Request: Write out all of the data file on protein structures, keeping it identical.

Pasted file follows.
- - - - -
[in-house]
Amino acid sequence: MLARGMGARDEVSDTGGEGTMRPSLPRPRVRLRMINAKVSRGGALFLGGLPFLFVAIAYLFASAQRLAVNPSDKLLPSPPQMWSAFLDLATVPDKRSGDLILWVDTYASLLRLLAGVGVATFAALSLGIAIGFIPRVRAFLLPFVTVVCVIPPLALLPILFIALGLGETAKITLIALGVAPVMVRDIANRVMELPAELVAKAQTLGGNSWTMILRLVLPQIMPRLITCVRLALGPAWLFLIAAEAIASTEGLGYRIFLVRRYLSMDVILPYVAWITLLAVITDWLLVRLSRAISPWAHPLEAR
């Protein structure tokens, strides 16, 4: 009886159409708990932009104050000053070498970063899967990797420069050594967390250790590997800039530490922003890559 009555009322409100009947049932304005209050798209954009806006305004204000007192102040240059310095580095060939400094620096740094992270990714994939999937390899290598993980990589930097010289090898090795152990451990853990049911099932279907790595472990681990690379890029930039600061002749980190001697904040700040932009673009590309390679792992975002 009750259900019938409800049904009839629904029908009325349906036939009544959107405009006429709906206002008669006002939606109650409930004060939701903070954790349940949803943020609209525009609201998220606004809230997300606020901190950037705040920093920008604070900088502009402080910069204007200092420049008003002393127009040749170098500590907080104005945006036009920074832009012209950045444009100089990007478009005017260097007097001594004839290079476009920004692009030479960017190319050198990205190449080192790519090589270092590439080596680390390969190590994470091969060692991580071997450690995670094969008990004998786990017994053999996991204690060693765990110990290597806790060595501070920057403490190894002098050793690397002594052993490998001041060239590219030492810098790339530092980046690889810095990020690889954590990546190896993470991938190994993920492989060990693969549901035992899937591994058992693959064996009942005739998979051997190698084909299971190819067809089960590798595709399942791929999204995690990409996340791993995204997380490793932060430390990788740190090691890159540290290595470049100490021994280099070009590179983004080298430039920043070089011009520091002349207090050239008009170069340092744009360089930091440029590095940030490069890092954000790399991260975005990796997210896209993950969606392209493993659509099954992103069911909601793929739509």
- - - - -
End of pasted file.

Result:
[in-house]
Amino acid sequence: MLARGMGARDEVSDTGGEGTMRPSLPRPRVRLRMINAKVSRGGALFLGGLPFLFVAIAYLFASAQRLAVNPSDKLLPSPPQMWSAFLDLATVPDKRSGDLILWVDTYASLLRLLAGVGVATFAALSLGIAIGFIPRVRAFLLPFVTVVCVIPPLALLPILFIALGLGETAKITLIALGVAPVMVRDIANRVMELPAELVAKAQTLGGNSWTMILRLVLPQIMPRLITCVRLALGPAWLFLIAAEAIASTEGLGYRIFLVRRYLSMDVILPYVAWITLLAVITDWLLVRLSRAISPWAHPLEAR
């Protein structure tokens, strides 16, 4: 009886159409708990932009104050000053070498970063899967990797420069050594967390250790590997800039530490922003890559 009555009322409100009947049932304005209050798209954009806006305004204000007192102040240059310095580095060939400094620096740094992270990714994939999937390899290598993980990589930097010289090898090795152990451990853990049911099932279907790595472990681990690379890029930039600061002749980190001697904040700040932009673009590309390679792992975002 009750259900019938409800049904009839629904029908009325349906036939009544959107405009006429709906206002008669006002939606109650409930004060939701903070954790349940949803943020609209525009609201998220606004809230997300606020901190950037705040920093920008604070900088502009402080910069204007200092420049008003002393127009040749170098500590907080104005945006036009920074832009012209950045444009100089990007478009005017260097007097001594004839290079476009920004692009030479960017190319050198990205190449080192790519090589270092590439080596680390390969190590994470091969060692991580071997450690995670094969008990004998786990017994053999996991204690060693765990110990290597806790060595501070920057403490190894002098050793690397002594052993490998001041060239590219030492810098790339530092980046690889810095990020690889954590990546190896993470991938190994993920492989060990693969549901035992899937591994058992693959064996009942005739998979051997190698084909299971190819067809089960590798595709399942791929999204995690990409996340791993995204997380490793932060430390990788740190090691890159540290290595470049100490021994280099070009590179983004080298430039920043070089011009520091002349207090050239008009170069340092744009360089930091440029590095940030490069890092954000790399991260975005990796997210896209993950969606392209493993659509099954992103069911909601793929739509």